fuze


From The Collaborative International Dictionary of English v.0.48:

Fuze \Fuze\, n.
   A tube, filled with combustible matter, for exploding a
   shell, etc. See Fuse, n.
   [1913 Webster]

   Chemical fuze, a fuze in which substances separated until
      required for action are then brought into contact, and
      uniting chemically, produce explosion.

   Concussion fuze, a fuze ignited by the striking of the
      projectile.

   Electric fuze, a fuze which is ignited by heat or a spark
      produced by an electric current.

   Friction fuze, a fuze which is ignited by the heat evolved
      by friction. See fuzee[1].

   Percussion fuze, a fuze in which the ignition is produced
      by a blow on some fulminating compound.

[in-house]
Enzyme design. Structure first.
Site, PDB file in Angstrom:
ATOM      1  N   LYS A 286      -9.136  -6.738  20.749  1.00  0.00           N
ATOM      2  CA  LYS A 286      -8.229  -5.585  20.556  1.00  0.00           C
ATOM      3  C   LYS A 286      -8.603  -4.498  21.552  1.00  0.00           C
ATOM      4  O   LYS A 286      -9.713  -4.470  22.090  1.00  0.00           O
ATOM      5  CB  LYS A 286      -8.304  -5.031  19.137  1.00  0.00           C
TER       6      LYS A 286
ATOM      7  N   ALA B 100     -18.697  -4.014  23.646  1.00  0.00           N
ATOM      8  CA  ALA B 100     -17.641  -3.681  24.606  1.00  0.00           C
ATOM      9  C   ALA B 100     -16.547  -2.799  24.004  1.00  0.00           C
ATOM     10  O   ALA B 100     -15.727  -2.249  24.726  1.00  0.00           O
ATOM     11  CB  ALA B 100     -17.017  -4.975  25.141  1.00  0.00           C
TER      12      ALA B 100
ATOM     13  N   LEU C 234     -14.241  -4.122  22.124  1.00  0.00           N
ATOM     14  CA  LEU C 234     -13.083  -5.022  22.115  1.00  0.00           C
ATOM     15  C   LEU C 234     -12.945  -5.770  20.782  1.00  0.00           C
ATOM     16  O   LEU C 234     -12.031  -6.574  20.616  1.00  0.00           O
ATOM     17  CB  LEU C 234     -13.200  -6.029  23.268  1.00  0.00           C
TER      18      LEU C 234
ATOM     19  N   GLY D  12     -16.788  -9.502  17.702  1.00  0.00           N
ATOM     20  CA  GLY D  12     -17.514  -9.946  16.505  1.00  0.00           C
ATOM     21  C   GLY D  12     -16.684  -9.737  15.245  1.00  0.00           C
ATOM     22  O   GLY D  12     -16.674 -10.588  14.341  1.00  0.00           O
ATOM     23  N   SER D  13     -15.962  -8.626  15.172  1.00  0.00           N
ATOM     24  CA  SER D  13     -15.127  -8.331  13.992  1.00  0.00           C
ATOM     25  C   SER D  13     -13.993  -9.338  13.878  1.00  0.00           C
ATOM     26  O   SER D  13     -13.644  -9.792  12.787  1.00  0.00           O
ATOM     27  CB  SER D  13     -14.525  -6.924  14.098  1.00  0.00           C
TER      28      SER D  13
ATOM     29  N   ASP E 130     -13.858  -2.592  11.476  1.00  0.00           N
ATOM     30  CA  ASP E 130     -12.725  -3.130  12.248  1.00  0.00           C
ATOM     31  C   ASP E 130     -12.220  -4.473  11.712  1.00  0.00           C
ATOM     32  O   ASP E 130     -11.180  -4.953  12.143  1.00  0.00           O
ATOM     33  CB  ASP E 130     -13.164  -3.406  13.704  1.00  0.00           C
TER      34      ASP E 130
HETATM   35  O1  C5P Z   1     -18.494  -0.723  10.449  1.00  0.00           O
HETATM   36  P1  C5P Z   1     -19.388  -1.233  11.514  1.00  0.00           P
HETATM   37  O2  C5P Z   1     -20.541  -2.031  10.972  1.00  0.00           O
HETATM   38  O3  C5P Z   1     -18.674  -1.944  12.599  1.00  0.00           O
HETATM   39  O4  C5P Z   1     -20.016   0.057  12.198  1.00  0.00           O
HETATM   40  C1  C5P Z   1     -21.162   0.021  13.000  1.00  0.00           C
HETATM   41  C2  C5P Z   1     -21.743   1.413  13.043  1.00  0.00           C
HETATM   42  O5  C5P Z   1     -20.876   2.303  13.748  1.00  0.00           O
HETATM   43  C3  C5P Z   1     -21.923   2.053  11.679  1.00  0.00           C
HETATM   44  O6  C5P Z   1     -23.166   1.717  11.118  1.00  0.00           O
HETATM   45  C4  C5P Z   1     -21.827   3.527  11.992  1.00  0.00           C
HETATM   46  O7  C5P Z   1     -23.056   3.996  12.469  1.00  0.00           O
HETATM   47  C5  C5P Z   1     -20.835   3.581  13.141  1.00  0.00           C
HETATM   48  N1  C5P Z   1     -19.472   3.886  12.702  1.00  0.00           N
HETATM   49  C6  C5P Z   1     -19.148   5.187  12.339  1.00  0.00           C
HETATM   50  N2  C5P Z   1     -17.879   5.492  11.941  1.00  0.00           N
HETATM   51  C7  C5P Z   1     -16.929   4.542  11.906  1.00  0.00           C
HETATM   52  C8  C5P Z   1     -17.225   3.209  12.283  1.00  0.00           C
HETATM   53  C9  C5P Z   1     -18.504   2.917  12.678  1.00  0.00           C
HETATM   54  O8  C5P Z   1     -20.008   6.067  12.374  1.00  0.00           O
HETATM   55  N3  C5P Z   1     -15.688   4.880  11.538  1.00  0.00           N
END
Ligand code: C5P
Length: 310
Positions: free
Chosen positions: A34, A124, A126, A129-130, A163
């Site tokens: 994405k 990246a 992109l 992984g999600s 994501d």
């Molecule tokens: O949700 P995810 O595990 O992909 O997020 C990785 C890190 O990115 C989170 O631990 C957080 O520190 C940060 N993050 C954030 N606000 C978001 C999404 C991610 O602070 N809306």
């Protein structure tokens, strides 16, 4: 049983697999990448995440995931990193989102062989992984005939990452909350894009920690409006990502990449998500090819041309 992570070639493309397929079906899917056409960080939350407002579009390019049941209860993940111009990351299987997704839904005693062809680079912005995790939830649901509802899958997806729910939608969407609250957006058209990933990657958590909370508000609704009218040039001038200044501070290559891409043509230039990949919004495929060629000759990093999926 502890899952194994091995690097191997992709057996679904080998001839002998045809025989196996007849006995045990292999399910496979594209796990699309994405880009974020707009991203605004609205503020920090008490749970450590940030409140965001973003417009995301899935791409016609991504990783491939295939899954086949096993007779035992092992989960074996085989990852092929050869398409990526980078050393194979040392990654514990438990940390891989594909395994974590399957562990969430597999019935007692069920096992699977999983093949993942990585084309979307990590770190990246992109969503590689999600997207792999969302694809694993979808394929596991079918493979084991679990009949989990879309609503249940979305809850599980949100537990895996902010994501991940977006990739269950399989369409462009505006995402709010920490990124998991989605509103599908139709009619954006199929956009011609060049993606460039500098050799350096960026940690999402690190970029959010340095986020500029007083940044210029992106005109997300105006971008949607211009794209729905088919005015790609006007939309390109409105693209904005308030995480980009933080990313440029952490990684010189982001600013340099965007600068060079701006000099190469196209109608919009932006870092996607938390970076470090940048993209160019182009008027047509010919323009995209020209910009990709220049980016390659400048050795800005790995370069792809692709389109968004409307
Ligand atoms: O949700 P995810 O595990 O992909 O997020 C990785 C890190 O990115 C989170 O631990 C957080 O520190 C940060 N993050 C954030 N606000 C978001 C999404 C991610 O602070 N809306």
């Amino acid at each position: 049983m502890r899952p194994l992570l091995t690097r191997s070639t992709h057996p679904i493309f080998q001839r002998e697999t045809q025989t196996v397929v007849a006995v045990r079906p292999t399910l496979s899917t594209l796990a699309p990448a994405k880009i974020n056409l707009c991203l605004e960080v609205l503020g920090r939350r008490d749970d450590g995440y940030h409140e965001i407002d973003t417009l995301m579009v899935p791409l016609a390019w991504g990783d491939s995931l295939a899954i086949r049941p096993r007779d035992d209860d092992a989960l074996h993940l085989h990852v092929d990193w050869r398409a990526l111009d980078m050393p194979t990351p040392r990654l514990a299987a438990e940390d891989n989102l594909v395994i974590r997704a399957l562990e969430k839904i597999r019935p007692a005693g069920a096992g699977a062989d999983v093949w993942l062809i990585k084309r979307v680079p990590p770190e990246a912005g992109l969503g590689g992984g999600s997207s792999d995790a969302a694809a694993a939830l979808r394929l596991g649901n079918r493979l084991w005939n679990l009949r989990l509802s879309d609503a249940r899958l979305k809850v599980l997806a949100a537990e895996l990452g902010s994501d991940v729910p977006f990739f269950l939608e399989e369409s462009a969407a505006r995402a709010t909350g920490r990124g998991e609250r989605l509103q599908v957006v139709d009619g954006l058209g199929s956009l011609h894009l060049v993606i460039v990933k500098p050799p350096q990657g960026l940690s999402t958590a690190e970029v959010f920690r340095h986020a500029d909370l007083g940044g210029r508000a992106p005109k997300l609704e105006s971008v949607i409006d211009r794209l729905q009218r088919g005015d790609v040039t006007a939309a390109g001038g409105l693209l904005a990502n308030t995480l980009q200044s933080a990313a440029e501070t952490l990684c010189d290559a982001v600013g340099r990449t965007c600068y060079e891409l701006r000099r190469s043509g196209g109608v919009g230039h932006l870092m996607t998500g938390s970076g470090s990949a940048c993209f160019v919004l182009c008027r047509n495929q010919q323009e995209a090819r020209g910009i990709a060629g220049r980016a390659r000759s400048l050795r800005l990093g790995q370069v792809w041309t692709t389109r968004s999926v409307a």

Time fuze, a fuze adapted, either by its length or by the
      character of its composition, to burn a certain time
      before producing an explosion.
      [1913 Webster]
.

From The Collaborative International Dictionary of English v.0.48:

Fuse \Fuse\, or Fuze \Fuze\, n. (Elec.)
   A wire, bar, or strip of fusible metal inserted for safety in
   an electric circuit. When the current increases beyond a
   certain safe strength, the metal melts, interrupting the
   circuit and thereby preventing possibility of damage. It
   serves the same function as a circuit breaker.
   [Webster 1913 Suppl. +PJC]
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